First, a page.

A second question relates to modelling the connection between political instability and genocide. This is not straightforward because, while it might appear that instability ‘causes’ mass killing and we can restrict a sample to cases of ongoing instability (as is prevalent in the literature) it might be the case that elites plot genocide or politicide before the onset of instability and use that instability as a pretext for perpetrating genocide. That is, some elites may place their societies at a higher risk of instability with a pre-existing strategy of mass killing that may help them to maintain or gain power. According to Hoare (2010), for example, Slobodan Milosevic was resolved on a strategy of ‘ethnic cleansing’ and mass-killing in Croatia and Bosnia-Herzegovina by early 1990 to effect the most advantageous result possible for Serbia as Yugoslavia disintegrated over the period 1991-95. The military strategy of expelling armed resistance from parts of Bosnia claimed by the Republika Srprska militias was practically indistinguishable from the genocidal strategy of expelling the Bosnian Muslim and Croatian populations from their homes and villages. As analysts we are unlikely to be able to distinguish those cases where elites use atrocity as a ‘last resort’ to manage instability from those where atrocity was planned before political instability and restricting our sample to cases of instability may introduce selection bias. Furthermore, doing so is not especially useful for policy-relevant forecasting as we can only produce forecasts for states that are already experiencing political instability. However, there are a number of cases where mass atrocities commenced not long after the beginning of civil war or democratic reversals (as was the case in Sudan in 1956 and 1983, or Burundi in 1988). If part of our aim is to create an ‘early warning’ system, then a lead time of months, or even weeks, is not early enough.

Third, real-world forecasting requires that, even where we have a model capable of producing reliable forecasts, the relevant data must be available to policy makers to ‘plug in’ to the model (Ulfelder, 2012). The types of variables that can be included in forecasts are, therefore, restricted to those sources that are continuously updated or broadly predictable to policy makers. In the past, this has presented a major problem because we often have more data on the triggers and warning signs of past genocides than we do for cases where genocide may be presently unfolding. As historians, political scientists and national and international organisations document how a past genocide unfolded, we gather valuable information on potential precursors such as the recruitment of paramilitaries, the movements of military or paramilitary forces, the uses of hate-speech, or smaller scale killings or ‘ethnic cleansing’ that may precede a major escalation. Obtaining this data in the present, for forecasting purposes, is typically much more difficult. Even for the past, however, missing data remains a problem. Much of the historical data upon which forecasting models base their predictions are patchy, being available only for certain periods of time, or for certain countries, or both. Missing data has, until recently, usually meant abandoning many observations from the analysis (including some observations of genocide and mass killing), but some recent statistical procedures have mitigated this problem to an extent (Honaker, King and Blackwell, 2009).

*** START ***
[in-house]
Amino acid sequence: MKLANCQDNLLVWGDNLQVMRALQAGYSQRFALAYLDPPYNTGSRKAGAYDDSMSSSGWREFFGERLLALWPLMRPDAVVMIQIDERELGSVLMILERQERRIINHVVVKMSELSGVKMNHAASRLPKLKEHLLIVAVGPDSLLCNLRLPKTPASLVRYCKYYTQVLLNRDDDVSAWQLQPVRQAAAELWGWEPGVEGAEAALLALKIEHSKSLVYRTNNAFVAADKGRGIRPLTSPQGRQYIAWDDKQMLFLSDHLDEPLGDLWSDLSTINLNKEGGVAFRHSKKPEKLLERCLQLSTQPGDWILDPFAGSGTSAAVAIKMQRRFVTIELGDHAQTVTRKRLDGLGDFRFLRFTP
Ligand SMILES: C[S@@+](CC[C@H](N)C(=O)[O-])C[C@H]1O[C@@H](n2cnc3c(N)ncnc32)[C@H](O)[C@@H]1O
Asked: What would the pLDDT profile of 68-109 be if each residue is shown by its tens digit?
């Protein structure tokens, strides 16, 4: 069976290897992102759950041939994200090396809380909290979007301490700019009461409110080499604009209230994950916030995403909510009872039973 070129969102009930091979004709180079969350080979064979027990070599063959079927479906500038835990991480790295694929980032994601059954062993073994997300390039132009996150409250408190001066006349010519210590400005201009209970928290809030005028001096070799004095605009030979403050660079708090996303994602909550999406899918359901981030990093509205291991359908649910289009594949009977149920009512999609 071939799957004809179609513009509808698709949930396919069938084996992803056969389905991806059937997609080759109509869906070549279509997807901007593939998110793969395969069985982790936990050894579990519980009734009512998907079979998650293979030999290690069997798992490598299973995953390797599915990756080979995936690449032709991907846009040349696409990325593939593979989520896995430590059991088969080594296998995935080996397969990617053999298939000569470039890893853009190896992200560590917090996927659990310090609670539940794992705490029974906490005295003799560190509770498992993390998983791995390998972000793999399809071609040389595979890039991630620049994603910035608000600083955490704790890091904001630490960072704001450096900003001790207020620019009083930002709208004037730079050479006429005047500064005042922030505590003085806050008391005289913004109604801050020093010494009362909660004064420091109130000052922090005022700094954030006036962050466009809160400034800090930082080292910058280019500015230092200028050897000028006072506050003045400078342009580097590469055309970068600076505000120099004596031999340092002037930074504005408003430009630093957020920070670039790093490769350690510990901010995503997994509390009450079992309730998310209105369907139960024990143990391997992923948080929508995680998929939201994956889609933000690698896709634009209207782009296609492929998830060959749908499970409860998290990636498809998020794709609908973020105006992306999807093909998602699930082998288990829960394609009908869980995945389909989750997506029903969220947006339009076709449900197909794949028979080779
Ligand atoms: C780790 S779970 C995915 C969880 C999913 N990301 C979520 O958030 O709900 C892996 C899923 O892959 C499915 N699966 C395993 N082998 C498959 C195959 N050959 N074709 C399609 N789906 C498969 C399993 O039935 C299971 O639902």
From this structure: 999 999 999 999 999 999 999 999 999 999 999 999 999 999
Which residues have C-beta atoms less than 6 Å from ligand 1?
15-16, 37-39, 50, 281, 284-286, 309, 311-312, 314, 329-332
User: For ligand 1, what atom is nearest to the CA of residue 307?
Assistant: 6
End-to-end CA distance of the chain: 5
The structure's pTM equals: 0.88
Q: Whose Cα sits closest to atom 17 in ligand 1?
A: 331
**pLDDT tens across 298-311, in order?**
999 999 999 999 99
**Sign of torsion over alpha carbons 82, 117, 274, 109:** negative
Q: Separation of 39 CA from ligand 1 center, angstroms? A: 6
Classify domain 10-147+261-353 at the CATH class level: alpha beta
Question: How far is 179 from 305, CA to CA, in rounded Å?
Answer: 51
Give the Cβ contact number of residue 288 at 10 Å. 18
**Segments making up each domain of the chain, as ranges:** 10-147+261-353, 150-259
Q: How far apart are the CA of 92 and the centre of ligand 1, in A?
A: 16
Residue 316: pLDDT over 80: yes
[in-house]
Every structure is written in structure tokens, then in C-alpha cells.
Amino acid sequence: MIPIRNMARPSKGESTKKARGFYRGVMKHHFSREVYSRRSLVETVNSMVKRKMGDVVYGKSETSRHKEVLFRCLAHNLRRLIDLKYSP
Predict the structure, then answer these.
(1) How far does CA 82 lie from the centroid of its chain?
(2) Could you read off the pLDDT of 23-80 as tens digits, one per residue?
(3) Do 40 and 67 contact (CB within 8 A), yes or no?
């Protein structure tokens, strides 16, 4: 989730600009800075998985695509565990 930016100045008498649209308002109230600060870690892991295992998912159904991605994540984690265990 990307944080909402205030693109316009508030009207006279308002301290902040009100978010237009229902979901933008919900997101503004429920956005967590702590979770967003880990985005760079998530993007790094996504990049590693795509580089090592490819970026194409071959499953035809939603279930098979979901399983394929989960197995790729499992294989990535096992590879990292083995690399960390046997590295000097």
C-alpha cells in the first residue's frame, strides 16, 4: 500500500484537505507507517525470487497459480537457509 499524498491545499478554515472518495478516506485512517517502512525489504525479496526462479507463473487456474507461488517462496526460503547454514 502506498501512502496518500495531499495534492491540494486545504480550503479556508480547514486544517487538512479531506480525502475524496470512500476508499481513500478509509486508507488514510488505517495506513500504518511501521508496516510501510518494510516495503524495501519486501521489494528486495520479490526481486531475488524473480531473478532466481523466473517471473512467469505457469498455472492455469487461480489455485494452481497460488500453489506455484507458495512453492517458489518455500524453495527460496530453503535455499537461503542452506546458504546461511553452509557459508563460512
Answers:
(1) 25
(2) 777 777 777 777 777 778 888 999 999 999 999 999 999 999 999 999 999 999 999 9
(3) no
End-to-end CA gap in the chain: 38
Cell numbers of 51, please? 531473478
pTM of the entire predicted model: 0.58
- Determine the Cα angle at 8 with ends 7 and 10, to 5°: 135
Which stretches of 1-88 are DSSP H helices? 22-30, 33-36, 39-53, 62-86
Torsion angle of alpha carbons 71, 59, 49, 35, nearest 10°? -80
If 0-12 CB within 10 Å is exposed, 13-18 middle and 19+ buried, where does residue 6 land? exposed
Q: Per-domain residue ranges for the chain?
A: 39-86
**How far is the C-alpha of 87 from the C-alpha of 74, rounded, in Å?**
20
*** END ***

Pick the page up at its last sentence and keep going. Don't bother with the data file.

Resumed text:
Finally, statistical modelling of the onset of genocide and mass killing typically assumes that explanatory variables influence the likelihood of genocide in  a roughly linear way (or via some pre-specified mathematical transformation). So, the assumption might be that an increase GDP per capita from $500 to $1000 has the same effect on the probability of genocide as an increase in GDP per capita from $30,000 to $30,500. Furthermore we assume that the effect of one variable does not depend upon the value of another variable in the model (the relationship between independent variables is additive, not multiplicative) and that we can add the effects of separate explanatory variables together to obtain a complete picture. Colaresi and Carey (2008), however, have found that increases in the number of people under arms as a proportion of the total population (the ‘human defense burden’) increases the chances of genocide, but only in states with few constraints on their decision-making autonomy. Put another way, the extent to which the ‘human defense burden’ influences the likelihood of genocide, depends upon the value on a measurement of ‘executive constraints’. While linearity and additivity may be unrealistic assumptions in some cases, the difficulty is that there are many variables that may predict genocide and little theory to guide decisions of functional form and the effects of which variables depended upon the values of other variables (Ulfelder, 2012: 2).

Future Directions